A Good Cow Gone

When it comes to our cows, we talk a lot about the good – new baby calves, fresh heifers, etc. Unfortunately, not everything that happens with the cows is good. It’s a fact of farming that animals die. We don’t like when it happens, and we don’t like to talk about it. We prefer to quietly reflect on their absence. That’s not because we don’t care. Actually, I’d say that it’s because we do.

A few weeks ago I had a brief twitter conversation with Diana Prichard, a hog farmer and freelance writer from Michigan, about why farmers don’t like to share about death. I suggested that perhaps we felt responsible, even when we had done our best. Diana wrote a really nice blog post about the subject. When we lose an animal, we question everything, but mostly ourselves, searching for an answer and a way to prevent it in the future. I thought about writing my own post at the time of the original discussion, but I just didn’t quite know what to say. Death is hard to deal with, and as Diana notes, it’s not fun to write about.

This week, however, we lost a great cow, one who I think deserves to be mentioned. Number 760 wasn’t flashy, but she milked well and she bred back time and time again. She didn’t have a name other than “Seven Sixty”, but she was special just the same. She was about 8 years old when she started her 5th lactation in April. After a bad case of mastitis, she lost a quarter, but for the last few weeks she had seemed to be on the mend. Tuesday morning, however, she was gone. I shared the news on twitter – many farmer friends acknowledged that this was the hard part.

On Saturday, while walking through the pasture bringing dry cows back to the farm, I saw an ear tag on the ground. This tag had been lost and replaced months ago. I don’t know why it was where it was this weekend, but I was glad to see it.

Thankfully, as I told those friends, 760 left us a legacy. Last month we started milking 1087, her first daughter out of the bull Aftershock. Although 1087 was almost 3 at calving, she looks good so far. Later this year 760’s second daughter will calve, number 1130 sired by Boulder. Her last calf was also a heifer, number 1212 sired by Ryker. Now we can only hope that these daughters will each give us several lactations and several 760 granddaughters. We miss 760, but we also appreciate her 8 years, 3 daughters, and everything else that made her a cow worth writing about.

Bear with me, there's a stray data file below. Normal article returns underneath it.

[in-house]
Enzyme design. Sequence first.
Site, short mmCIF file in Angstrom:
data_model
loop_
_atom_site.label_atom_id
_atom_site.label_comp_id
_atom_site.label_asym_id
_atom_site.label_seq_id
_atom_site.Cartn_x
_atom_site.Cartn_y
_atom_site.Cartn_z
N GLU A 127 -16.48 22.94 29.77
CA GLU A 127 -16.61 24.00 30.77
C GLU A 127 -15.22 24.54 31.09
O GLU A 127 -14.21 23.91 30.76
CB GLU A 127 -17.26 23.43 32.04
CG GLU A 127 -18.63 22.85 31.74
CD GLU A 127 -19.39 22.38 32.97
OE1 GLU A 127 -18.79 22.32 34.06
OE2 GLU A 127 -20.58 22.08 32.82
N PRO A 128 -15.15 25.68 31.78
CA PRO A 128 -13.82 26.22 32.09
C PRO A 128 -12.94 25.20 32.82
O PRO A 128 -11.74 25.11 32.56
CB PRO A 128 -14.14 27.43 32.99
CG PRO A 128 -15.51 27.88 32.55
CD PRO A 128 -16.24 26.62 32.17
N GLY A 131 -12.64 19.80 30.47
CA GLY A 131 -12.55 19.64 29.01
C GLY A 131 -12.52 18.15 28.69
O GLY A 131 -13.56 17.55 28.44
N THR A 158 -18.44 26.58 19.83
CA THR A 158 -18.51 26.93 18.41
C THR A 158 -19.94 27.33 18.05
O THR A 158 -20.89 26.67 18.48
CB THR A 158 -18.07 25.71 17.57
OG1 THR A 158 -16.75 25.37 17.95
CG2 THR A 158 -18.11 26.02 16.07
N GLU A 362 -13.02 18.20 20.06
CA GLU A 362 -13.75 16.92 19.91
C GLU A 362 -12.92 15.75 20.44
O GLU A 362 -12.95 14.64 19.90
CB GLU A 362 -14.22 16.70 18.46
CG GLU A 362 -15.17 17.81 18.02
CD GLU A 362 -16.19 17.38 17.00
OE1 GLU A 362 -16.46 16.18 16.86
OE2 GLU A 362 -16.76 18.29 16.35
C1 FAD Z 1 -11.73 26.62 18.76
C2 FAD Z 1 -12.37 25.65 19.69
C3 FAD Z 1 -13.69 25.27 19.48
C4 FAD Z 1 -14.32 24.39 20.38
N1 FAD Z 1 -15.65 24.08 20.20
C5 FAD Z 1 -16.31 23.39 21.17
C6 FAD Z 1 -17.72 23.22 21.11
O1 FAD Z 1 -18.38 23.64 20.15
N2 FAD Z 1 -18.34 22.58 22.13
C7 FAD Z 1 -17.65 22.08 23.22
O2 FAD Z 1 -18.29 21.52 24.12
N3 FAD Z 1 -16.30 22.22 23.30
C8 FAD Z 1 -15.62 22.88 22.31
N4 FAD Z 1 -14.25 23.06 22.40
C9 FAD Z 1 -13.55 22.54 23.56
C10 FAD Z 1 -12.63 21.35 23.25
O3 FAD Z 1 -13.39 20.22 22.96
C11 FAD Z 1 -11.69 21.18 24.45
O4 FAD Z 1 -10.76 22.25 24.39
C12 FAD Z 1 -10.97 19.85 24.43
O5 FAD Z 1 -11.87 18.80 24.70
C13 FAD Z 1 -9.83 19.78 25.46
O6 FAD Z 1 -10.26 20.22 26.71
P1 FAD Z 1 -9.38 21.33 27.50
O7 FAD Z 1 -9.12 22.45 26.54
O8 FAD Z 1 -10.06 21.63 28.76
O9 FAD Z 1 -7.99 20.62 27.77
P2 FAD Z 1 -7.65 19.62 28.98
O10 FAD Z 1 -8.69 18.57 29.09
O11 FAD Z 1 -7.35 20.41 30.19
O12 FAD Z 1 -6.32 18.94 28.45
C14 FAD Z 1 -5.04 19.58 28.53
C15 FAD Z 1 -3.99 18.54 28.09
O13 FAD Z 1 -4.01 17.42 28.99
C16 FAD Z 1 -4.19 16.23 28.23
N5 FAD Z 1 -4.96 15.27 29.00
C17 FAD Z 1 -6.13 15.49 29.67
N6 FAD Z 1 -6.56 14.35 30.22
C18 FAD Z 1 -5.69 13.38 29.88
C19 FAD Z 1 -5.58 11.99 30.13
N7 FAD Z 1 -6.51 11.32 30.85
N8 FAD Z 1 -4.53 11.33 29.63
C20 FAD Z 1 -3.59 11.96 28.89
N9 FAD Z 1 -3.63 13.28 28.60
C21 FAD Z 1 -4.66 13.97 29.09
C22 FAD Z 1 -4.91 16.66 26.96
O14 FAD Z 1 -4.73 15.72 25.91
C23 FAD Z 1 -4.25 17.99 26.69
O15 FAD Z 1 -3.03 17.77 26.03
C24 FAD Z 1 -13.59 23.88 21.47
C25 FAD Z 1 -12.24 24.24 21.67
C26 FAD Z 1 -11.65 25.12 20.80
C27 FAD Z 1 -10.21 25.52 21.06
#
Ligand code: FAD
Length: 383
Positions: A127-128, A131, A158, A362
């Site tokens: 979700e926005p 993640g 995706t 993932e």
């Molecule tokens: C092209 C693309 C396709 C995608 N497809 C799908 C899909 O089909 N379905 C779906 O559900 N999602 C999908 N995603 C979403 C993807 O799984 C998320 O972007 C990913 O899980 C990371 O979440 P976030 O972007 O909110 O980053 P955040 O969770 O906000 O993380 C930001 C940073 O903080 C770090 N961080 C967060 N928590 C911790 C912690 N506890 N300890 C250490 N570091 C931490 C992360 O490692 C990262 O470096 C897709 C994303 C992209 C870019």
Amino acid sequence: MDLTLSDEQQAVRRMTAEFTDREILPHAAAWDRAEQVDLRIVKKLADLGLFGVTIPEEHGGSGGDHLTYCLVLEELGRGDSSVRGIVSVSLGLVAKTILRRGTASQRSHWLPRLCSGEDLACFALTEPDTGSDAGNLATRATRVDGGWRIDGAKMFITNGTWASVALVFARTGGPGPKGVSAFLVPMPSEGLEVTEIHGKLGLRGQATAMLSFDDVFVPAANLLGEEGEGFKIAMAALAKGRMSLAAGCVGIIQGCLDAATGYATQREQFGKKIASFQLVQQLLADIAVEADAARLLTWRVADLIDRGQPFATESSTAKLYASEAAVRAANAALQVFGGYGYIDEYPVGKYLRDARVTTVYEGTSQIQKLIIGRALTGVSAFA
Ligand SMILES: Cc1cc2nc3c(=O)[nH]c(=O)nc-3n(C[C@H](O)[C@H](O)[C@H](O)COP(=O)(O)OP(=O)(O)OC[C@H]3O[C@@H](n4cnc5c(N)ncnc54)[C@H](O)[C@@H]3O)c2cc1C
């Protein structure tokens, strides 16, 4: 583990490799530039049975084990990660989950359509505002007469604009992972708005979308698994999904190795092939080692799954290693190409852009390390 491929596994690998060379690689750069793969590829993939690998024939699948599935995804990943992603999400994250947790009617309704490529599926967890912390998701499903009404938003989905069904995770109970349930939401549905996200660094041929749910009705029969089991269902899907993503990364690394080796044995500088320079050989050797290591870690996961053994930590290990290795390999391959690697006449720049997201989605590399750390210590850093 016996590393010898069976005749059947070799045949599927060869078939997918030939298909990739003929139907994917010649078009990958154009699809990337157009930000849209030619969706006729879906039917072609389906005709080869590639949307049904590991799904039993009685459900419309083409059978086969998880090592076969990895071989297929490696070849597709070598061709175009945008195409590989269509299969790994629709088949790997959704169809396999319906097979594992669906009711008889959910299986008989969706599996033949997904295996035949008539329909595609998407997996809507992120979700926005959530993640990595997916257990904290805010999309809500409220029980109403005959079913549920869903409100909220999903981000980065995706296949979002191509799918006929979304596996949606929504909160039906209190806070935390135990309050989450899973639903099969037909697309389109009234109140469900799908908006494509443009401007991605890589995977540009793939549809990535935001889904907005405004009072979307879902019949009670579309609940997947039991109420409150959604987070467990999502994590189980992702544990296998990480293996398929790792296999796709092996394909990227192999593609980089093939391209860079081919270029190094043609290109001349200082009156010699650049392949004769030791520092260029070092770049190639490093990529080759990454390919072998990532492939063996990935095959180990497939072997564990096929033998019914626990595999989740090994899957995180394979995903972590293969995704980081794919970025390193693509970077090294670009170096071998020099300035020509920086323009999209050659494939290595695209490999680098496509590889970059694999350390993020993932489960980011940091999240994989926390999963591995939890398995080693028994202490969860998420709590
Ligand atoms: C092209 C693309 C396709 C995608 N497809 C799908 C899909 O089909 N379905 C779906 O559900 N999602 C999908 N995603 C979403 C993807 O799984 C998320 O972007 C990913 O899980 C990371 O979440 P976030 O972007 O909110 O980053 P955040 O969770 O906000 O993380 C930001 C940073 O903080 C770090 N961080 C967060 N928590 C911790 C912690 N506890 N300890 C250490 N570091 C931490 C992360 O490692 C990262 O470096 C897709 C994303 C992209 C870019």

6 thoughts on “A Good Cow Gone

  1. This reminds me so much of losing a great cow earlier this year. When I first started documenting her troubles I honestly thought she would recover. I would have a nice story about the events. But it didn’t turn out how I would have liked. Then I wasn’t going to tell the story at all. But some followers on facebook and twitter said to post it to help others who might learn from the symptoms. Here is the post.

    1. Thanks for sharing, Judi. I remember your tweets about Tempest. It’s so hard to figure out what’s wrong when they can’t tell you what they’re feeling. We DHIA tested the evening before we lost 760, and we found out two days too late that her cell count was through the roof. May or may not have made a difference if we had known.

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